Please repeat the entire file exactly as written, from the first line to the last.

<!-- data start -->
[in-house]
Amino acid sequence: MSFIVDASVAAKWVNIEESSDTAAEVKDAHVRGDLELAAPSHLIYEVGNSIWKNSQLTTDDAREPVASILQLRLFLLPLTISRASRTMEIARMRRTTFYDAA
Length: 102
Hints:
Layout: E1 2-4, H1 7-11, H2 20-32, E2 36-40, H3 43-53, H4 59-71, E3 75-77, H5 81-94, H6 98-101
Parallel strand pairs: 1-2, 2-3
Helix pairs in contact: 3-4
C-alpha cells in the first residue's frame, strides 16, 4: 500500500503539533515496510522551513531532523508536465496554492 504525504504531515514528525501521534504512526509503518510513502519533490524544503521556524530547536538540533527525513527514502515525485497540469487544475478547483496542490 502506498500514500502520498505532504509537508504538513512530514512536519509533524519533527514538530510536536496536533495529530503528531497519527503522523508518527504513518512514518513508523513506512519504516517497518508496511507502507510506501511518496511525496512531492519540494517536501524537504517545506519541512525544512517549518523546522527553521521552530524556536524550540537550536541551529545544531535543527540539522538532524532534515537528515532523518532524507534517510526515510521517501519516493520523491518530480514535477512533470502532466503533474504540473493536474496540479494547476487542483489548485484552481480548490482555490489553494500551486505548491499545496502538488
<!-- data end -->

[in-house]
Amino acid sequence: MSFIVDASVAAKWVNIEESSDTAAEVKDAHVRGDLELAAPSHLIYEVGNSIWKNSQLTTDDAREPVASILQLRLFLLPLTISRASRTMEIARMRRTTFYDAA
Length: 102
Hints:
Layout: E1 2-4, H1 7-11, H2 20-32, E2 36-40, H3 43-53, H4 59-71, E3 75-77, H5 81-94, H6 98-101
Parallel strand pairs: 1-2, 2-3
Helix pairs in contact: 3-4
C-alpha cells in the first residue's frame, strides 16, 4: 500500500503539533515496510522551513531532523508536465496554492 504525504504531515514528525501521534504512526509503518510513502519533490524544503521556524530547536538540533527525513527514502515525485497540469487544475478547483496542490 502506498500514500502520498505532504509537508504538513512530514512536519509533524519533527514538530510536536496536533495529530503528531497519527503522523508518527504513518512514518513508523513506512519504516517497518508496511507502507510506501511518496511525496512531492519540494517536501524537504517545506519541512525544512517549518523546522527553521521552530524556536524550540537550536541551529545544531535543527540539522538532524532534515537528515532523518532524507534517510526515510521517501519516493520523491518530480514535477512533470502532466503533474504540473493536474496540479494547476487542483489548485484552481480548490482555490489553494500551486505548491499545496502538488